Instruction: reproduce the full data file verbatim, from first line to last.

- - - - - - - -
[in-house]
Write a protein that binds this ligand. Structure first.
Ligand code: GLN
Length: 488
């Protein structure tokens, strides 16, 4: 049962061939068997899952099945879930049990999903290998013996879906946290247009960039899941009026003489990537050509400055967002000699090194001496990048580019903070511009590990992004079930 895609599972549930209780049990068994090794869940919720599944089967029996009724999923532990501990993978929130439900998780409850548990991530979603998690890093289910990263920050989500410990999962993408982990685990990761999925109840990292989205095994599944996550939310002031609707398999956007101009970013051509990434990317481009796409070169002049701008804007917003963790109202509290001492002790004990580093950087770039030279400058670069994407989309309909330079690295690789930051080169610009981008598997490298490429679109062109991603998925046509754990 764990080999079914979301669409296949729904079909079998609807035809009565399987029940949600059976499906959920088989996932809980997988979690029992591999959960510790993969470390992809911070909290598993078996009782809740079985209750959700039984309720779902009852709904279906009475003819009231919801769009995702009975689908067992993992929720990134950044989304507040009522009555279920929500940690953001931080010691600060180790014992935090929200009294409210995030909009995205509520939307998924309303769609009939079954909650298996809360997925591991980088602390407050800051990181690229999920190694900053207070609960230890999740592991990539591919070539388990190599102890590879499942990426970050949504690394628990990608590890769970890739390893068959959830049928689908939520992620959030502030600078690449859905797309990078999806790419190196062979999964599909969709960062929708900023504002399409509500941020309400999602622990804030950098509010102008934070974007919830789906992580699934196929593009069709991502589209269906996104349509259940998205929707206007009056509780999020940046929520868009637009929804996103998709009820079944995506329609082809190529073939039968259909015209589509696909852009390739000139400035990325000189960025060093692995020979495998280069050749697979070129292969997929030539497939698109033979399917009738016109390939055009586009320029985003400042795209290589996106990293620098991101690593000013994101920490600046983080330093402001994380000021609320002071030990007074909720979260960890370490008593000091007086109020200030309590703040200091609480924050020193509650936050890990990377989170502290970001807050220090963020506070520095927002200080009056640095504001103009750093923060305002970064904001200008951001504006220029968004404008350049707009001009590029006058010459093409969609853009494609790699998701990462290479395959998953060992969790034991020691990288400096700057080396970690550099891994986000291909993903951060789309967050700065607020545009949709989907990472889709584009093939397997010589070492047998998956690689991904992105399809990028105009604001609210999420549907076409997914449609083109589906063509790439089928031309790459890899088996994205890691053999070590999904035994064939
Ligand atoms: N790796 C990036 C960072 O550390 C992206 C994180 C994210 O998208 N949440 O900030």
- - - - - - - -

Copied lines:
[in-house]
Write a protein that binds this ligand. Structure first.
Ligand code: GLN
Length: 488
């Protein structure tokens, strides 16, 4: 049962061939068997899952099945879930049990999903290998013996879906946290247009960039899941009026003489990537050509400055967002000699090194001496990048580019903070511009590990992004079930 895609599972549930209780049990068994090794869940919720599944089967029996009724999923532990501990993978929130439900998780409850548990991530979603998690890093289910990263920050989500410990999962993408982990685990990761999925109840990292989205095994599944996550939310002031609707398999956007101009970013051509990434990317481009796409070169002049701008804007917003963790109202509290001492002790004990580093950087770039030279400058670069994407989309309909330079690295690789930051080169610009981008598997490298490429679109062109991603998925046509754990 764990080999079914979301669409296949729904079909079998609807035809009565399987029940949600059976499906959920088989996932809980997988979690029992591999959960510790993969470390992809911070909290598993078996009782809740079985209750959700039984309720779902009852709904279906009475003819009231919801769009995702009975689908067992993992929720990134950044989304507040009522009555279920929500940690953001931080010691600060180790014992935090929200009294409210995030909009995205509520939307998924309303769609009939079954909650298996809360997925591991980088602390407050800051990181690229999920190694900053207070609960230890999740592991990539591919070539388990190599102890590879499942990426970050949504690394628990990608590890769970890739390893068959959830049928689908939520992620959030502030600078690449859905797309990078999806790419190196062979999964599909969709960062929708900023504002399409509500941020309400999602622990804030950098509010102008934070974007919830789906992580699934196929593009069709991502589209269906996104349509259940998205929707206007009056509780999020940046929520868009637009929804996103998709009820079944995506329609082809190529073939039968259909015209589509696909852009390739000139400035990325000189960025060093692995020979495998280069050749697979070129292969997929030539497939698109033979399917009738016109390939055009586009320029985003400042795209290589996106990293620098991101690593000013994101920490600046983080330093402001994380000021609320002071030990007074909720979260960890370490008593000091007086109020200030309590703040200091609480924050020193509650936050890990990377989170502290970001807050220090963020506070520095927002200080009056640095504001103009750093923060305002970064904001200008951001504006220029968004404008350049707009001009590029006058010459093409969609853009494609790699998701990462290479395959998953060992969790034991020691990288400096700057080396970690550099891994986000291909993903951060789309967050700065607020545009949709989907990472889709584009093939397997010589070492047998998956690689991904992105399809990028105009604001609210999420549907076409997914449609083109589906063509790439089928031309790459890899088996994205890691053999070590999904035994064939
Ligand atoms: N790796 C990036 C960072 O550390 C992206 C994180 C994210 O998208 N949440 O900030």